From Day One of the longest government shutdown in history, Democrats have stuck to their guns: First, open the government. Then negotiate over border security. Their unwavering message has been that the president must not be allowed to hold federal workers “hostage” to get what he wants. Shutdowns must not be rewarded as a political tool.
On Thursday, Democrats will have an opportunity to put this reasoning to a test in the Senate, where lawmakers will vote for the first time on reopening the government since the partial shutdown began more than a month ago. Senators will vote on dueling measures: President Trump’s plan, which would fund the government through September and includes $5.7 billion for a wall; and the Democrats’ plan, which would fund the government through Feb. 8, allowing time to negotiate border security. It has no wall money.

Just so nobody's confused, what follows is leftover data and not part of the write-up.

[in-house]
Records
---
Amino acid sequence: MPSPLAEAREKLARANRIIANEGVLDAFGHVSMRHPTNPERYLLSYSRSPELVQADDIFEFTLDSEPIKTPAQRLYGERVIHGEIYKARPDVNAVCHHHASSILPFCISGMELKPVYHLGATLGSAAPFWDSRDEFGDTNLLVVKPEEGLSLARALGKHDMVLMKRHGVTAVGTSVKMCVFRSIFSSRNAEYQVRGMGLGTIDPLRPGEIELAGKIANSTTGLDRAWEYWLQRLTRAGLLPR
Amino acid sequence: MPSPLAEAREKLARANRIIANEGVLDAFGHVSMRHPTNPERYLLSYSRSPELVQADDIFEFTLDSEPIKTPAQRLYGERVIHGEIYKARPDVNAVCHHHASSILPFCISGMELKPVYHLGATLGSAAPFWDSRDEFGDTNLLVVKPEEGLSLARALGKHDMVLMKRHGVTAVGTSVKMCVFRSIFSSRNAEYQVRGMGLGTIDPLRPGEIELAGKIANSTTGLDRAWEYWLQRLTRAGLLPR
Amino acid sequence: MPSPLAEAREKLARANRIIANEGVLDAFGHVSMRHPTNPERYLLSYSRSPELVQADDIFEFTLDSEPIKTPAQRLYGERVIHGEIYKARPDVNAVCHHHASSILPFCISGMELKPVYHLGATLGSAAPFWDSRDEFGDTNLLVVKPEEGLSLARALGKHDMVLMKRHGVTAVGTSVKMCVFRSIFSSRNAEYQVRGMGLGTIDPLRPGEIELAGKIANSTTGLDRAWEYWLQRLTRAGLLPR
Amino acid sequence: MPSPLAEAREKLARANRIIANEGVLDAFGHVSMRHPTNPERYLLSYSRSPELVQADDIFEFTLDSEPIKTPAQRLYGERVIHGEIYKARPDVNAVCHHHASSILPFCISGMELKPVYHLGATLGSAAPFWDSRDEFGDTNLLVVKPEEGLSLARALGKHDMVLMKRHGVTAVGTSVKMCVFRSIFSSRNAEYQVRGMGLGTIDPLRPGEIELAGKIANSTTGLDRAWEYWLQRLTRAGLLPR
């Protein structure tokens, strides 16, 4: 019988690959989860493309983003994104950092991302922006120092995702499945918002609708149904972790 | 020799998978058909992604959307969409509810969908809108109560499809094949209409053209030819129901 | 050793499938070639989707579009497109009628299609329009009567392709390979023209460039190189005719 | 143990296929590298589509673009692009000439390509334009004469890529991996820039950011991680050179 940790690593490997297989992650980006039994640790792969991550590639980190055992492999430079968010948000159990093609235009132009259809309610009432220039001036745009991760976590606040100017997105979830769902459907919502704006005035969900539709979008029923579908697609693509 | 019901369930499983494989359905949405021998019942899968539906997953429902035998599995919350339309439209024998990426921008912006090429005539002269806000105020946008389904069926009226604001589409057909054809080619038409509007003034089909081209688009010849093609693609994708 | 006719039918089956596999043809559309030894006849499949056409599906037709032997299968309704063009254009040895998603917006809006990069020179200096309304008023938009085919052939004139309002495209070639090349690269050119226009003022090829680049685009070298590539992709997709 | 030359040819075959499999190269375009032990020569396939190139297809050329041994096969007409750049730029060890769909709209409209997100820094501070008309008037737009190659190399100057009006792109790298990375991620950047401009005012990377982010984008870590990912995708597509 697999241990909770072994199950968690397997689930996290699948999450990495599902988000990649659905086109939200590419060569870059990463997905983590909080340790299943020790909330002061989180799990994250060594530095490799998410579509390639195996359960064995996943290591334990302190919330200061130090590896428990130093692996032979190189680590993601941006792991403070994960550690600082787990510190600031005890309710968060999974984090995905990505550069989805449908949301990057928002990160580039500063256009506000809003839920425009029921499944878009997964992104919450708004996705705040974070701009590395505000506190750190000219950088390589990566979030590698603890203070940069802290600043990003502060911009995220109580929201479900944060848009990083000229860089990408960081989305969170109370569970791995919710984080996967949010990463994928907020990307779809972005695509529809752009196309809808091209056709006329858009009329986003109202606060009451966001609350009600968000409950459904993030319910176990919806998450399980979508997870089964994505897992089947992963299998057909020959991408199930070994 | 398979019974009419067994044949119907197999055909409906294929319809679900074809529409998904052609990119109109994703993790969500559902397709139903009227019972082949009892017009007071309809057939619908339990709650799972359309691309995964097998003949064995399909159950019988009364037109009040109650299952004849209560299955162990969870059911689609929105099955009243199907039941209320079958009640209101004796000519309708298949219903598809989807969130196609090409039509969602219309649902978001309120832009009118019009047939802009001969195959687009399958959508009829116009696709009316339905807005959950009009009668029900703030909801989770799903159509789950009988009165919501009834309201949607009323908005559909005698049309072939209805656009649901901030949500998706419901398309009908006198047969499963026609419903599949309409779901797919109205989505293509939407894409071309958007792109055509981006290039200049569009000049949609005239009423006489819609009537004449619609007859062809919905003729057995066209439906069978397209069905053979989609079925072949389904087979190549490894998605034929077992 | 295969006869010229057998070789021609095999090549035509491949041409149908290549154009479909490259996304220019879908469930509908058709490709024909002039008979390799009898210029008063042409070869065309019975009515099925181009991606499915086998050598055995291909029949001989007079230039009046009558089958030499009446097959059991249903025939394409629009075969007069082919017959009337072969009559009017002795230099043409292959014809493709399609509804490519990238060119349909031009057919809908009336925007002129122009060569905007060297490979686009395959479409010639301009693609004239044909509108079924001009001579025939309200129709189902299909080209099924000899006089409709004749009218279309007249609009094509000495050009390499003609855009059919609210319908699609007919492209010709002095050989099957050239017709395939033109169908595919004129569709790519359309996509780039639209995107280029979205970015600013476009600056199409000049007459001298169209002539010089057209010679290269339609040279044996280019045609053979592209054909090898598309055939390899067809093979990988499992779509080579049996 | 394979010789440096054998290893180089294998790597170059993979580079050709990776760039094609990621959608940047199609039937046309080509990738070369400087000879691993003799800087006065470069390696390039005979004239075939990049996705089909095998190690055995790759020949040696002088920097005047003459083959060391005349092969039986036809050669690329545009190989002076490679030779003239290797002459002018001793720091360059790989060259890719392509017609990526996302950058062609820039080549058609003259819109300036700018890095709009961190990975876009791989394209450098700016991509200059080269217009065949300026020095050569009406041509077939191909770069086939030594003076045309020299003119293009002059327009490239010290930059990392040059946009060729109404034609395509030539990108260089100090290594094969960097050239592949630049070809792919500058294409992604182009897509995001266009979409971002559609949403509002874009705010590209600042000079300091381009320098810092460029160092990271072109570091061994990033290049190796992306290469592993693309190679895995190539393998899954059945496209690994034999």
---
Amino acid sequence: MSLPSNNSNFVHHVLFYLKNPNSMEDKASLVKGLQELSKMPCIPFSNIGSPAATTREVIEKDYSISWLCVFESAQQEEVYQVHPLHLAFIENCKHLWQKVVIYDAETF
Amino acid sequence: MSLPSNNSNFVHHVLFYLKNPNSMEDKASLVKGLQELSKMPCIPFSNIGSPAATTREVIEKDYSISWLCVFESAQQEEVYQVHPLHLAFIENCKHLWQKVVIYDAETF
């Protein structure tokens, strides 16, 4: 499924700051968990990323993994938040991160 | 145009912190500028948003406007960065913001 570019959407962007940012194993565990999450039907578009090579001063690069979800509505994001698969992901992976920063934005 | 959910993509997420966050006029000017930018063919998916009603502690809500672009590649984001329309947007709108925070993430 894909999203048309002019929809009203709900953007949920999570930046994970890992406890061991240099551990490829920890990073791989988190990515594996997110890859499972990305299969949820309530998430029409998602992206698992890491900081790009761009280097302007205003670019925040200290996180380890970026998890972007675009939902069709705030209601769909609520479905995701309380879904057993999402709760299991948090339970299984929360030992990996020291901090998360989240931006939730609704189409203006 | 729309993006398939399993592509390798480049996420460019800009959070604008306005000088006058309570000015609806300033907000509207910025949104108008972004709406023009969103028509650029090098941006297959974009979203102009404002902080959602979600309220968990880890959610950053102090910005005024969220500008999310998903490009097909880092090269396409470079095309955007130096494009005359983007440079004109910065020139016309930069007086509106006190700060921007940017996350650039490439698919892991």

Both measures seem destined to fail in the polarized Senate. But even if Democrats prevail in their demand, it’s far from clear that this stand would deter future shutdowns. Government closures have become weaponized, observers say, and that’s not likely to change. Indeed, just one year ago, Democrats themselves forced a shutdown, though brief, over immigration.
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The Democrats’ demand to open the government first is “just part of the game,” says Patrick Griffin, who was legislative director for President Bill Clinton during the previous record-holding shutdown of 21 days. “It works until it doesn’t work,” he says. “You use it when it serves your purpose.”
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